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Animals should not be used to Entertain Humans

Last Wednesday Dawn Brancheau who was the trainer of killer whales at SeaWorld Orlando (Florida) was dragged underwater and killed by a killer whale named Tillikum during a show.  After this incident it was revealed that Tillikum has previously killed two other human beings (some newspapers have started calling this whale a “serial killer whale”).

Killer whales in nature are used to territories that range in the hundreds of miles.  Putting them in a tank that is slightly bigger than an Olympic swimming pool is like putting human beings in closets all our lives.  It is very stressful for the mammal and not the correct way we humans should be treating other living things.

One of the first zoos that I visited was the Thiruvananthapuram Zoo (Kerala, India).  It was established in the 1857 by the Maharaja of Travancore.  The setting is beautiful and it is right in the center of the city.  It was during this time that some of the most important zoos in the world were established.  I currently live in Philadelphia and the Philadelphia zoo (which is the first zoo in the United States) was established in 1859.

I can understand why zoo’s where established in the first place.  Before television, radio, magazines and newspapers zoos were probably the only way human beings could see other exotic animals and birds.  But we have the television and the internet.  We can know everything we want to know about any living organism in a few seconds which a few clicks of your keyboard.  You can watch videos.  If you want to see them in person there are safari rides where you can watch them in their own natural setting.  The question is do we still need zoos to entertain us and our kids?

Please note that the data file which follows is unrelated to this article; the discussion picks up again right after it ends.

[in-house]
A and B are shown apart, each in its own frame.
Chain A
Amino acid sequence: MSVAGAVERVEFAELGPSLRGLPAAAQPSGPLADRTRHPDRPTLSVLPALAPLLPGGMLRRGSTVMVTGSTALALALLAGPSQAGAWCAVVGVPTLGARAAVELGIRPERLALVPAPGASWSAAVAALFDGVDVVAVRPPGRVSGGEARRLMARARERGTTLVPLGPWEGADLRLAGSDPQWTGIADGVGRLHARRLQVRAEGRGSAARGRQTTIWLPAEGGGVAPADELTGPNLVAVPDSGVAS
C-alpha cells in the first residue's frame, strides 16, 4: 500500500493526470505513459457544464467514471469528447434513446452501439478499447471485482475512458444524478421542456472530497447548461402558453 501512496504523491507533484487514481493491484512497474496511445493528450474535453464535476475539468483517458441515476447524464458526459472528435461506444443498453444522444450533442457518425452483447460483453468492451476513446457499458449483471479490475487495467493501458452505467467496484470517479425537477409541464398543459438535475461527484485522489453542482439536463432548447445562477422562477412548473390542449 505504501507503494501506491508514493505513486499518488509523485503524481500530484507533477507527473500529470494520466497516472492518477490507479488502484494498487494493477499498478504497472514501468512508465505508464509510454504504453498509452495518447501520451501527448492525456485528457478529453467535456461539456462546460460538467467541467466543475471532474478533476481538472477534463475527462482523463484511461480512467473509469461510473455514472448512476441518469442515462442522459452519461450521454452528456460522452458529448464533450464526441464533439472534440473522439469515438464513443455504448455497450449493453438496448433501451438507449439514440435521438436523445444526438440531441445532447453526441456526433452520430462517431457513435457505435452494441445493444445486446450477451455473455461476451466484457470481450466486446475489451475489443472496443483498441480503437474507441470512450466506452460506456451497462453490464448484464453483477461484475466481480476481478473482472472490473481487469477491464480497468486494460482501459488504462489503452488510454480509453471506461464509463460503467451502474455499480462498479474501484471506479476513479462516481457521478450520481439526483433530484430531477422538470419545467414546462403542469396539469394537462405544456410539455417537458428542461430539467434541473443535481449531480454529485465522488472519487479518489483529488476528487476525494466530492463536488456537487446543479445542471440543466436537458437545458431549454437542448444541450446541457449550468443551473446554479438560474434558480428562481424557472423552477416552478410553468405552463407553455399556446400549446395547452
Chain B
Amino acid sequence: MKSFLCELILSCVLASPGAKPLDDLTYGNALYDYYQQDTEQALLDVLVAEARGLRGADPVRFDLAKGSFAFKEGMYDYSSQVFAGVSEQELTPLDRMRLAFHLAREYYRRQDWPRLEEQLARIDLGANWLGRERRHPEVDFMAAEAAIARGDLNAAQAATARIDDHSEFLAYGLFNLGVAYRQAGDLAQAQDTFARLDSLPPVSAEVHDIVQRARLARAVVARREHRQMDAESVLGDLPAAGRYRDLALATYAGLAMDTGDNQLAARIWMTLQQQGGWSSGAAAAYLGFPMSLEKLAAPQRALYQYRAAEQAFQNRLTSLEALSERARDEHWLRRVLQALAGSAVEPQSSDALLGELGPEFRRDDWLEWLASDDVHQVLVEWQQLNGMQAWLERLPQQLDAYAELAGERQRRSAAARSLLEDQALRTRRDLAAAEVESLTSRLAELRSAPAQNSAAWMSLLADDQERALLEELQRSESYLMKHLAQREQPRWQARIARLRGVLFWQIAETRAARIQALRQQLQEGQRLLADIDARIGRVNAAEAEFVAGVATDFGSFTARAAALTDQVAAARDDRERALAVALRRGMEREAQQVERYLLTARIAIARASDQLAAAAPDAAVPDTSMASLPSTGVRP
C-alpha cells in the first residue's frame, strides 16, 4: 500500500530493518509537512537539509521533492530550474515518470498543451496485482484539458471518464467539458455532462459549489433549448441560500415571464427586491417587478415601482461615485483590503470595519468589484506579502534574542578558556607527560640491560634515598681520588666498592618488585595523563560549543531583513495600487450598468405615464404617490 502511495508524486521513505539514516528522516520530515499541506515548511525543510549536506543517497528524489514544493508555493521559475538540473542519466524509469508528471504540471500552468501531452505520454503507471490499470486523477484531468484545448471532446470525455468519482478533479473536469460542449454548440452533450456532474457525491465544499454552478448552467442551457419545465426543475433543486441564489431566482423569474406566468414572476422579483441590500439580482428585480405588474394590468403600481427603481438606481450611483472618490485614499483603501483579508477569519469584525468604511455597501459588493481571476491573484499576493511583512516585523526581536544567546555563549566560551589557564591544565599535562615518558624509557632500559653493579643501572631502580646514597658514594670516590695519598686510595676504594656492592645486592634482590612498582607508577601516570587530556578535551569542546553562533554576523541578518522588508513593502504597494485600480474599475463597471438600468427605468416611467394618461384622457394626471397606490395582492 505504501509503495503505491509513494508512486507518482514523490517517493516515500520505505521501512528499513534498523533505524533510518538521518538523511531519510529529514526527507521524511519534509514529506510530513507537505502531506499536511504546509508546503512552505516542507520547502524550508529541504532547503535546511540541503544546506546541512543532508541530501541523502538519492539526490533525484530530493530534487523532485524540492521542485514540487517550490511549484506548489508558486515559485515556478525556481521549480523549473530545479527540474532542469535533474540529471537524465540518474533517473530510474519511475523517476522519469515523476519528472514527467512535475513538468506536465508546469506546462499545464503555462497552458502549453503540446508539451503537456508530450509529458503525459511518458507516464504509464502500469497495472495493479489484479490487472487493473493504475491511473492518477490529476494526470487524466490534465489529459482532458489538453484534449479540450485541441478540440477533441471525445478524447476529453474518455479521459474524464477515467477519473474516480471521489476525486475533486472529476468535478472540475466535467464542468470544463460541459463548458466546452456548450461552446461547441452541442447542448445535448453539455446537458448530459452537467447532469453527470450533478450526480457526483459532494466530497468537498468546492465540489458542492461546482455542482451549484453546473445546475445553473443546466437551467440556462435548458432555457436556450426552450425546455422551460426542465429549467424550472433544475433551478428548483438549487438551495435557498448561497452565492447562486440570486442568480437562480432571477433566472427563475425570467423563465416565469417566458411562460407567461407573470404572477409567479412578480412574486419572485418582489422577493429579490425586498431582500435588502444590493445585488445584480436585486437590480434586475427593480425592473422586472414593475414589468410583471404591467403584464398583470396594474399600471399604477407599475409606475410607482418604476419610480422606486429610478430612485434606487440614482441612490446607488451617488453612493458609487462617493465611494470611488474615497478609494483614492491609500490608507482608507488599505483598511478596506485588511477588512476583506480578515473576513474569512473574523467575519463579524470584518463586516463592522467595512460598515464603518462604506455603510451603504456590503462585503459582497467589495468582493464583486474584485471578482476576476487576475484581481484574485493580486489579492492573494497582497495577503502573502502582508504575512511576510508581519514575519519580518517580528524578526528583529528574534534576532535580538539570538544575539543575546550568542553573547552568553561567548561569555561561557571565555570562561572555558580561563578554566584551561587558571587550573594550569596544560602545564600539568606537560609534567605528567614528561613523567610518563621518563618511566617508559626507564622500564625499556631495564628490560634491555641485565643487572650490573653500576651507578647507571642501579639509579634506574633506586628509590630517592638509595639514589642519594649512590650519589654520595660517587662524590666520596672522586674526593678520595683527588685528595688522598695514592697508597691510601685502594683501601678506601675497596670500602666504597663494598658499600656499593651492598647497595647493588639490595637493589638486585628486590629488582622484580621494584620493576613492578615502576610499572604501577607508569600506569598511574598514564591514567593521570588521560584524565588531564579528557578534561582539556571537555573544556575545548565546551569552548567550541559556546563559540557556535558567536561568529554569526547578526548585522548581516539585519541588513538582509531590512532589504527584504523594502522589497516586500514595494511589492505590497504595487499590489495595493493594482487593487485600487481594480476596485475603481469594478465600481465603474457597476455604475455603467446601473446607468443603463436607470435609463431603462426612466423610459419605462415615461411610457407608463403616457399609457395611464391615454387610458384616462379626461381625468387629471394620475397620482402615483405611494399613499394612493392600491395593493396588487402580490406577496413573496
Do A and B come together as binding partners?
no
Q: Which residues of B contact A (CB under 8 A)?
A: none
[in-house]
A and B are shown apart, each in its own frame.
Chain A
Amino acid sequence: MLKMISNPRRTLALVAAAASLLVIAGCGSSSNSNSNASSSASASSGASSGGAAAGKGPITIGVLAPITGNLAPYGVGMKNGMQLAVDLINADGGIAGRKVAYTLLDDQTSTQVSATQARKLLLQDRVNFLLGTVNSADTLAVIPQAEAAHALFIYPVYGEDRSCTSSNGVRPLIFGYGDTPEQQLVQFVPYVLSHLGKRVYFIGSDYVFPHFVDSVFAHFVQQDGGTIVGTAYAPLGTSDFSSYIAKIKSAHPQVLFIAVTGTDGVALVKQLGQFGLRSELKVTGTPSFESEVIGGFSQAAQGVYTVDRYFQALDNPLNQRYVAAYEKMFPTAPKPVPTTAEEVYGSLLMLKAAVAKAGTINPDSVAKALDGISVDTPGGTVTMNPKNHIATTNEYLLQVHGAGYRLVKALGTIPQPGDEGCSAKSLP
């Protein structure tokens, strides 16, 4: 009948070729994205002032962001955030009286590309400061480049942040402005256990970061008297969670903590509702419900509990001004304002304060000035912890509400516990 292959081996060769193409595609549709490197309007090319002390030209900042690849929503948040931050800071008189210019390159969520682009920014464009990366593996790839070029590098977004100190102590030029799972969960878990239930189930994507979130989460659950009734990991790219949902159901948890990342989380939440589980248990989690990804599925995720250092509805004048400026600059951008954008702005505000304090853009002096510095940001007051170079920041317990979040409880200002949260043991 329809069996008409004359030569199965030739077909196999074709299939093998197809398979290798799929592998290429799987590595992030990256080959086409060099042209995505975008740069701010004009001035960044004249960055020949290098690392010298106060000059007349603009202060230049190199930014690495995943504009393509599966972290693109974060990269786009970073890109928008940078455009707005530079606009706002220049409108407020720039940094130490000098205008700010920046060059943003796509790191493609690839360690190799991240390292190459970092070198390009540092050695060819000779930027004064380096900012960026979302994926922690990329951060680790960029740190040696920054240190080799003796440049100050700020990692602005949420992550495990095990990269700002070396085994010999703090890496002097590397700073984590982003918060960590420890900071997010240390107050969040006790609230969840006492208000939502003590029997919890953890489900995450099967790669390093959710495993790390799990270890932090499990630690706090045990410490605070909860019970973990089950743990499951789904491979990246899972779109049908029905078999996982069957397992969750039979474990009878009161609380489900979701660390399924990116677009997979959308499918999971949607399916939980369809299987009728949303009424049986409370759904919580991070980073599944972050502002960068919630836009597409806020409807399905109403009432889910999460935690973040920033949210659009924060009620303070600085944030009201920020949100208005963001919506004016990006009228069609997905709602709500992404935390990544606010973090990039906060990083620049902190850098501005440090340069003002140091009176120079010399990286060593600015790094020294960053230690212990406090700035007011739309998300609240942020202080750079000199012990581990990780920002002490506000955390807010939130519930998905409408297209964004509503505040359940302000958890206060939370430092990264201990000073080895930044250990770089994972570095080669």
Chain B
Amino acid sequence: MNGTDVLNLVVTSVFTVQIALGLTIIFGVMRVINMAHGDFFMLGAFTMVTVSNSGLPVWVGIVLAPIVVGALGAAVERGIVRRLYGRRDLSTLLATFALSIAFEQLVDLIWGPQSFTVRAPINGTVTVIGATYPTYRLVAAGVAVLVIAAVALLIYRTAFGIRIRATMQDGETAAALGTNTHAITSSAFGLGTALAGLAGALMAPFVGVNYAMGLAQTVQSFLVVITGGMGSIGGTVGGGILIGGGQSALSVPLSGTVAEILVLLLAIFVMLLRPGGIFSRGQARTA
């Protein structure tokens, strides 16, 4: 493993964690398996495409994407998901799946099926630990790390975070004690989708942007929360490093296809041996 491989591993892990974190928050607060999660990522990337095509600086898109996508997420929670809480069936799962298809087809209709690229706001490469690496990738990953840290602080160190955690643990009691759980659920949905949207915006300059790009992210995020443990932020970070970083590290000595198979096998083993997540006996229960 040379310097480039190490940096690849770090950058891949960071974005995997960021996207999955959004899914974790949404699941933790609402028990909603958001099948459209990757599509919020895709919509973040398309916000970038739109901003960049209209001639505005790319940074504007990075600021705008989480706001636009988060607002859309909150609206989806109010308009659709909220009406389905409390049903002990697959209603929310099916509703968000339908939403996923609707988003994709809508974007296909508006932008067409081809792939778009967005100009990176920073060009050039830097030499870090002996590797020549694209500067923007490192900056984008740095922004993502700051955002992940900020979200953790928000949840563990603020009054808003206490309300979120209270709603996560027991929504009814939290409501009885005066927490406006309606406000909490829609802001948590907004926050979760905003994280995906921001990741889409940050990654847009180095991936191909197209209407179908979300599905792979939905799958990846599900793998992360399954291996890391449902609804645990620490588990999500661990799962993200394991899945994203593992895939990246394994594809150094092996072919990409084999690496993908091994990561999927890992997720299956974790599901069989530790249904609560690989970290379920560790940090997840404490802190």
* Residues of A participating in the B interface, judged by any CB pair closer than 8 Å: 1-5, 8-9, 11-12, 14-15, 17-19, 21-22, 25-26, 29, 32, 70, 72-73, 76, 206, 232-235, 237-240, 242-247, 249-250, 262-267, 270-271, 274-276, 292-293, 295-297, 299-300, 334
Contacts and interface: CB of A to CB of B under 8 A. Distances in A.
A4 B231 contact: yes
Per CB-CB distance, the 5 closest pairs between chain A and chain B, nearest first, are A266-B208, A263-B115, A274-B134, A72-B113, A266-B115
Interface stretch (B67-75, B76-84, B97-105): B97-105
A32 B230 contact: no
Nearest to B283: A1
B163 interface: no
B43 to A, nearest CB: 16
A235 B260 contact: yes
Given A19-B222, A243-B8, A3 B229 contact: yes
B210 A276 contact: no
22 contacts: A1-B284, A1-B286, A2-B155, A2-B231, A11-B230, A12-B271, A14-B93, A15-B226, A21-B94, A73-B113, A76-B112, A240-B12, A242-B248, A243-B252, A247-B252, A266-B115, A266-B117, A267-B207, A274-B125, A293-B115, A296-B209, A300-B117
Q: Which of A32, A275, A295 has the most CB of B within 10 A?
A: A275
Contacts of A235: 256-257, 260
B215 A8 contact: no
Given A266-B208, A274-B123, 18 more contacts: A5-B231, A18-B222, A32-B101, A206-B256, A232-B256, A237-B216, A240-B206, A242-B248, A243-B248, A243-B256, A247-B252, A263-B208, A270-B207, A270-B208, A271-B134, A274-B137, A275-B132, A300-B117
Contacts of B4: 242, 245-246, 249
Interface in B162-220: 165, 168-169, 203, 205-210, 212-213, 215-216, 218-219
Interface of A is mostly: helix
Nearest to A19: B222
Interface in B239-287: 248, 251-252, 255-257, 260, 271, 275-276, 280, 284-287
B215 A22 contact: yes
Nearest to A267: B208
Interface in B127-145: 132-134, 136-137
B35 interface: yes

Most of the zoos now claim that their goal is no longer entertainment but conservation.  The Trivandrum Zoo museum website (which looks like it has not been updated in a few decades) claims that its main objective is wildlife conservation with special reference to the species endemic and endangered in the Western ghats, education and nature awareness, wildlife research and ecotourism.  There is no data provided in the website about the success or failures of any of the zoos stated objectives.

The Philadelphia zoo provides a little more information about conservation.  They have a rare animal conservation center where visitors can learn about issues that affect these rare animals.  They also indicate that they donate thousands of dollars every year to support conservation efforts all over the world.  But the fact is that the overwhelming number of people who visit the zoo are there to see animals that are living in very restrictive settings compared to what they are used to in nature.  Aren’t the zoos sending mixed signals to its customers?  How can conservation and caged animals and birds go hand in hand?

The killer whale show at SeaWorld is one of their biggest attractions.  The show was suspended for a few days but it is back on again.  Why do we need to see a killer whale or dolphin jump twenty feet into the air with a balloon on its nose?  Why are we so interested in seeing a tiger jump through a ring that is on fire at a circus?  Are we so bored that we have to resort to gimmicks like this to keep us entertained?

There was a time and place for the zoos and the circuses and the shows that use animals and birds as props for human entertainment.  But like many other things those days are long over.  There is nothing funny or entertaining about a whale that is trained to perform tricks with food as bait.

We have enslaved the rest of the animal creation, and have treated our distant cousins in fur and feathers so badly that beyond doubt, if they were able to formulate a religion, they would depict the Devil in human form – William Ralph Inge

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Category: Culture & Religion

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